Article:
U.S. all-cotton export commitments climbed to 80% of USDA’s December forecast. Shipments quickened to a marketing year high and were about 26% of the export estimate. Pakistan removed cotton import duty.
Cotton futures closed on daily limit and near-limit gains in current-crop deliveries Thursday, driven partly by what analysts described as panicked mill fixations amid speculative buying and another round of strong weekly export sales.
Spot March hit the 300-point limit first and stayed there to close at 82.65 cents, rallying from a 23-point loss at 79.42 cents. May followed on a limit move to settle at 82.96 cents, trading within a 323-point range.
July, the last of the 2017-18 marketing year contracts, finished up 285 points to 83 cents, near the high of its 317-point range from down 18 points at 79.97 to up 299 points at 83.14 cents.
The other contracts settled up 26 to 132 points. December closed up 50 points to 75.42 cents, just off its new contract high of 75.47 cents.
The latest Commodity Futures Trading Commission on-call report showed mills had a record high unpriced position of 154,288 lots (15.249 million bales) as of Dec. 29, with 50,426 lots (5.043 million bales) in March.
Volume jumped to 64,086 lots from 33,799 lots the previous session when spreads accounted for 19,617 lots or 58%, EFP 57 lots and EFS 53 lots. Options volume leaped to 31,479 lots (17,628 calls and 13,851 puts) from 8,441 lots (4,320 calls and 4,121 puts).
Net U.S. all-cotton export sales of 281,200 running bales during the week ended Jan. 4, up from 199,400 RB the previous week, boosted 2017-18 commitments to 11.532 million RB, USDA’s weekly report showed.
Commitments — outstanding sales of 7.832 million RB plus shipments — topped cumulative sales a year ago by 2.489 million RB, maintaining a lead of 28%, and were 80% of the USDA export forecast. A year ago, commitments were 62% of final 2016-17 exports.
All-cotton shipments quickened to a marketing year high of 289,600 RB, up from the prior week’s 218,900 RB, and brought exports for the season to 3.7 million RB.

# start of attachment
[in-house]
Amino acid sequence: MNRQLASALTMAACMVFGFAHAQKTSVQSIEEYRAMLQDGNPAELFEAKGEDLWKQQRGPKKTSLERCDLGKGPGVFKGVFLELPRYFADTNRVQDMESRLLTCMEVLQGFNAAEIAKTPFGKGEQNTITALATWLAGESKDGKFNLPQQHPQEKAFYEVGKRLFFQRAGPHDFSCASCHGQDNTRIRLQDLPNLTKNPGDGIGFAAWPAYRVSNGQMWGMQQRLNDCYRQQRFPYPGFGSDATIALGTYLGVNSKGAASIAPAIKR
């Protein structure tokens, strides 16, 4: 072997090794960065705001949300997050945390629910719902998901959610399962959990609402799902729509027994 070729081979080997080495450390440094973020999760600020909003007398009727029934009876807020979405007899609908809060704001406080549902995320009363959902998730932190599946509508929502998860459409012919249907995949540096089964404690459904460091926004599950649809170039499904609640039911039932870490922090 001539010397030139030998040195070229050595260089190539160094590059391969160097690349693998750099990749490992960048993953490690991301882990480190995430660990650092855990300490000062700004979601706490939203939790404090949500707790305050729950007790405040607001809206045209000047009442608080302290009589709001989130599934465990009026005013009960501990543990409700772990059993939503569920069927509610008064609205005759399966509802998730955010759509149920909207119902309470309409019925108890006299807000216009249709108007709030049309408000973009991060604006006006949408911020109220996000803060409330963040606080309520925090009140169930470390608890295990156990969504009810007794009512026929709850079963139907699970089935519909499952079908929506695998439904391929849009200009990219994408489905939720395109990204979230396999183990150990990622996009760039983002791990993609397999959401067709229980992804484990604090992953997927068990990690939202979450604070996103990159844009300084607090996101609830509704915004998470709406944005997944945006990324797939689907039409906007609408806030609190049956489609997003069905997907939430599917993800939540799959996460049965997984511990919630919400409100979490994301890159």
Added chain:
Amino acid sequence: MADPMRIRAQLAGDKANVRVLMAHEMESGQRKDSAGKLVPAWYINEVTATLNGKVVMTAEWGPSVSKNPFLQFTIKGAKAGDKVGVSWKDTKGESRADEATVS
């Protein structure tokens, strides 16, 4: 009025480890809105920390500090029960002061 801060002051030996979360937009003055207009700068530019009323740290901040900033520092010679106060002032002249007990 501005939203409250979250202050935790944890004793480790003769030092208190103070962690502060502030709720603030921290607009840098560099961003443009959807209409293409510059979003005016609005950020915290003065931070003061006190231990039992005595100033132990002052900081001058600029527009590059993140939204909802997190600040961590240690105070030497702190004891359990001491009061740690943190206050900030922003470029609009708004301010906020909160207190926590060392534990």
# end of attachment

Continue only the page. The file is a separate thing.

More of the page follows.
Shipments narrowed the lag behind exports a year ago by about 68,000 RB to 531,000 RB or 13% and amounted to about 26% of USDA’s December projection. Last year, shipments were about 29% of final exports.
To achieve the forecast, shipments need to average roughly 367,400 RB a week for the 29 weeks remaining in the marketing year, while weekly sales averaging approximately 97,400 RB would match the export estimate.
Sales of 92,900 RB for shipment next season hiked combined sales for both crop years to 374,100 RB, up from 292,600 the week before, and raised 2018-19 commitments to 1.366 million RB. New-crop commitments were about 2.4 times forward bookings a year ago of 570,600 RB.
In international news, the Pakistani government’s withdrawal of sales tax and customs duty on cotton imports went into effect on Monday. Pakistan is the world’s fourth largest cotton producer, but its crop has fallen short of earlier expectations.
The Pakistani textile sector, which contributes more than 60% of the country’s total exports of $20 billion, had been reported seeking the abolition of a 4% customs duty and 5% sales tax since last year.
U.S. cotton sales to Pakistan have totaled 1.179 million RB thus far this season, ranking it as the third largest export customer.
Futures open interest expanded 2,151 lots to 288,105 on Wednesday, with March’s down 846 lots to 167,170 and May’s up 2,028 lots to 60,163. Certified stocks were unchanged at 49,742 bales.